Paris murder accused breaks down in dock

Ian Griffin (below) is accused of murdering former Blackpool businesswoman, Kinga Legg, who was found dead in Paris in 2009.
Ian Griffin (below) is accused of murdering former Blackpool businesswoman, Kinga Legg, who was found dead in Paris in 2009.
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An argument about sex in a crowded restaurant ended with a millionaire former Blackpool-based businesswoman being bludgeoned to death in a five star Paris hotel room, a court heard.

Ian Griffin, 45, broke down in tears as he described how his row with Kinga Legg, 36, escalated on what had otherwise been ‘a fantastic visit’ to the French capital.

During his murder trial at Paris Assizes, Griffin insisted that he had never intended to kill his 

But he admitted ‘cleaning up’ their £1,000-a-night room at the five star Bristol Hotel for up to six hours while Ms Legg’s body was still in it, at one point contemplating “smuggling a vacuum cleaner in.”

Recalling the start of their vicious row at the Bound restaurant, off the Champs Elysee, in May 2009, Griffin said Ms Legg, who was previously married and lived in Blackpool a decade ago, had shouted: “You owe me sex.”

Griffin shouted back: “My God, not here!”, as he explained how medication had dampened his libido.

The couple, who had been due to marry in Monaco the following August, had agreed a pact in which Griffin was not allowed to contact former girlfriends, but Ms Legg still felt frustrated.

Ms Legg allegedly withheld eight of the anti-depressant pills Griffin was used to, in a bid to “be intimate with me”, said Griffin, who was left with just two pills.

“She wanted sex and expressed it loudly, and when I asked her to be quite she got even more angry, so I shouted ‘That’s It!’,” said Griffin, who faces up to 30 years in prison if found guilty of murder.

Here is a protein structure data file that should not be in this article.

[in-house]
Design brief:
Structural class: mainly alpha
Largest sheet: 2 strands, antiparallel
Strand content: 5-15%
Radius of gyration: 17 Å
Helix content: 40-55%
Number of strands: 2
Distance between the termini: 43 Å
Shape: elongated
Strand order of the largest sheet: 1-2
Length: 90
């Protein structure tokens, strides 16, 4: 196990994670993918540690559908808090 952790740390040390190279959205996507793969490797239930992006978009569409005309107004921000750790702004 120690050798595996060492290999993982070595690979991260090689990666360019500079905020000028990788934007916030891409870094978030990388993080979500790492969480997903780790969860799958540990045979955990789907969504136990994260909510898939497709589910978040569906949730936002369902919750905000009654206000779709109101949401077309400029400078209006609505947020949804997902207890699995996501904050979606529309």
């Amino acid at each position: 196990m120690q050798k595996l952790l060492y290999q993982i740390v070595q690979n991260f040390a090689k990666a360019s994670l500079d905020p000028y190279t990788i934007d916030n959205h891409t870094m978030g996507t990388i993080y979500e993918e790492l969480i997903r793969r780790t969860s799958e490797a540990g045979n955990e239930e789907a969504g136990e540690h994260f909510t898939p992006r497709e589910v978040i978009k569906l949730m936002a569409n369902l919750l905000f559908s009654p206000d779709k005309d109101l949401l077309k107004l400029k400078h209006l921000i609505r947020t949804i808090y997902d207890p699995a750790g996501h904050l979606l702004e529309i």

“I was so upset too, as we were having a fantastic trip and it ruined everything in just one minute,” said Griffin.

The pair made their own way back to the Bristol, where, after a vodka in the bar, Griffin opened the door of their room, to be confronted by Ms Legg saying: “Why did you leave me alone? How dare you leave me alone in Paris.”

Griffin, originally from Warrington, had intended to return to Britain straight away, but instead the argument intensified, with furniture being broken, and thrown about.

Griffin said: “Everything went black” at that point, but: “I woke up the next day, and looked at the room, it was terrible. I spent the day cleaning the room. I was going to get Kinga to smuggle in a vacuum cleaner.

“I then called out her name. I unmade the bed because I thought she was between the mattresses. There was a big stain of blood. I didn’t know she wasn’t there. I thought she was in bed. I had no idea.

“I was really messed up. I was in such a state. All I was thinking of was getting the room cleaned up. The TV was broken, everything was broken.”

Asked by presiding Judge Didier Safar if had seen the photos of Ms Legg’s corpse, which was found floating in a bath, and had around 100 bruises on it, Griffin said “No, I only noticed she has a black eye.”

Griffin said he did not think Ms Legg was dead until around six-and-a-half hours after he woke up on May 24, the day after their restaurant meal. The judge said: “That means you remained five or six hours in the presence of a corpse in a bedroom covered in blood”, to which Griffin replied: “Yes”.

Griffin admitted that his “priority when I woke up was to clean the room”, but when he finally saw Ms Legg’s body lying on the floor, his reaction was to “warm her up” in the bath. “She was very cold,” added Griffin, who said he screamed: “Kinga, Kinga, Kinga, please don’t go, please don’t go.”

“I didn’t know she was dead. It was confusing. I moved her arm, but somehow thought if I put her in the bath it would warm her up. She was stiff.”

When he finally realised she was in fact dead, a tearful Griffin said: “I wanted to die.

“I couldn’t cope with what had happened.”

He thought of jumping out of the window of the fifth floor room, but then decided he wanted to commit suicide ‘back home’ after seeing his parents for the last time.

The prosecution alleges that Griffin was ‘thinking lucidly’ because he put a ‘Do Not Disturb’ sign on the door of the room, and booked an extra two nights, before heading off in his Porsche 911.

Judge Safar said: ‘You did not want Kinga Legg’s body to be discovered before you had put sufficient distance between yourself and the Bristol’. Griffin replied: ‘Yes’.

Polish-born Ms Legg , who also used her maiden name Wolf, ran a successful firm exporting tomatoes from Poland to major companies.

The trial is expected to last until Friday.